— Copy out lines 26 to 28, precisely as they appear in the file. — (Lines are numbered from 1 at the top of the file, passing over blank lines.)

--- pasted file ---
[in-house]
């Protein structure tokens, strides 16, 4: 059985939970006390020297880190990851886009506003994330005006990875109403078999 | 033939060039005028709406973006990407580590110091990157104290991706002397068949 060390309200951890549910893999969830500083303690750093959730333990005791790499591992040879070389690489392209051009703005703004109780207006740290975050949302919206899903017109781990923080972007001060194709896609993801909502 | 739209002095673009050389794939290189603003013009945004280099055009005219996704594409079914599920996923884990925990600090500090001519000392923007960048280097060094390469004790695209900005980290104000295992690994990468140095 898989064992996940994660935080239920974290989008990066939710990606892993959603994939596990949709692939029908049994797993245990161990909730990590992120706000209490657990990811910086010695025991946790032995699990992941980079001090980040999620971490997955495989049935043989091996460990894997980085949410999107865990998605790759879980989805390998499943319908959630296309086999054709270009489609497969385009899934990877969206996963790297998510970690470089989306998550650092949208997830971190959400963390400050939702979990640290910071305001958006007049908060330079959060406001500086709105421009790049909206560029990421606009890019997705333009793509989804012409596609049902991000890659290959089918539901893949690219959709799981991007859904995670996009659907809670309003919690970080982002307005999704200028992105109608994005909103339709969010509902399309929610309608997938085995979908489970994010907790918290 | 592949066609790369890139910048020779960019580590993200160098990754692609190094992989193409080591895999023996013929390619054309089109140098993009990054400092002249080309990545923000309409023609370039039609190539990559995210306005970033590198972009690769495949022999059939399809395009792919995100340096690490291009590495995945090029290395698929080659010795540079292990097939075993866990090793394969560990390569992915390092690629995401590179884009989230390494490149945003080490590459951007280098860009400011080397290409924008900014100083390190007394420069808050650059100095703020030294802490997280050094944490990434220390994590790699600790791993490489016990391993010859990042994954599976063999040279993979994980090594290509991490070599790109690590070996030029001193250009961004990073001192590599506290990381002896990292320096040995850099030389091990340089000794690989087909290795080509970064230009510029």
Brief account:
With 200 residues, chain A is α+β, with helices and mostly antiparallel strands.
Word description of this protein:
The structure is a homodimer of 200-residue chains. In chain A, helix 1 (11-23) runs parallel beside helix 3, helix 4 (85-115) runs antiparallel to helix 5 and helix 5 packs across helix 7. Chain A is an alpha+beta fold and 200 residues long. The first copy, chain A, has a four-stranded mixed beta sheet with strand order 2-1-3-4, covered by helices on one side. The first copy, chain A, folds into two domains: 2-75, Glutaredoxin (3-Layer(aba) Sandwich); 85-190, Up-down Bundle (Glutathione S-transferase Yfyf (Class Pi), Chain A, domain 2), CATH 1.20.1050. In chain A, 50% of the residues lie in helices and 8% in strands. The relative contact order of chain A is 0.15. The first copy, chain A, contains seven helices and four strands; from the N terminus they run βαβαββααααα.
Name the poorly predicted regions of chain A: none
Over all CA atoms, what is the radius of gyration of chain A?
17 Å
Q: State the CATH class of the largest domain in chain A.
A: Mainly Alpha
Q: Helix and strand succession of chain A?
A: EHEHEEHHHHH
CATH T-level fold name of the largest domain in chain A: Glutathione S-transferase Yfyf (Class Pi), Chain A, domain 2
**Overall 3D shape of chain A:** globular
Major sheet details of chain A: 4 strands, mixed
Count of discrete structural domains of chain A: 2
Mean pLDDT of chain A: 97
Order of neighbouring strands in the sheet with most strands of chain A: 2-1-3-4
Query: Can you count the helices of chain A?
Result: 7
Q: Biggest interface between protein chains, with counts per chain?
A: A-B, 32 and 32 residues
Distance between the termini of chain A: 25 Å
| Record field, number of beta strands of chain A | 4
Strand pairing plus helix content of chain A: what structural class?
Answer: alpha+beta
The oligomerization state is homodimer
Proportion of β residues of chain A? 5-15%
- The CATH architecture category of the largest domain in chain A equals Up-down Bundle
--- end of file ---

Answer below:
Strand pairing plus helix content of chain A: what structural class?
Answer: alpha+beta
The oligomerization state is homodimer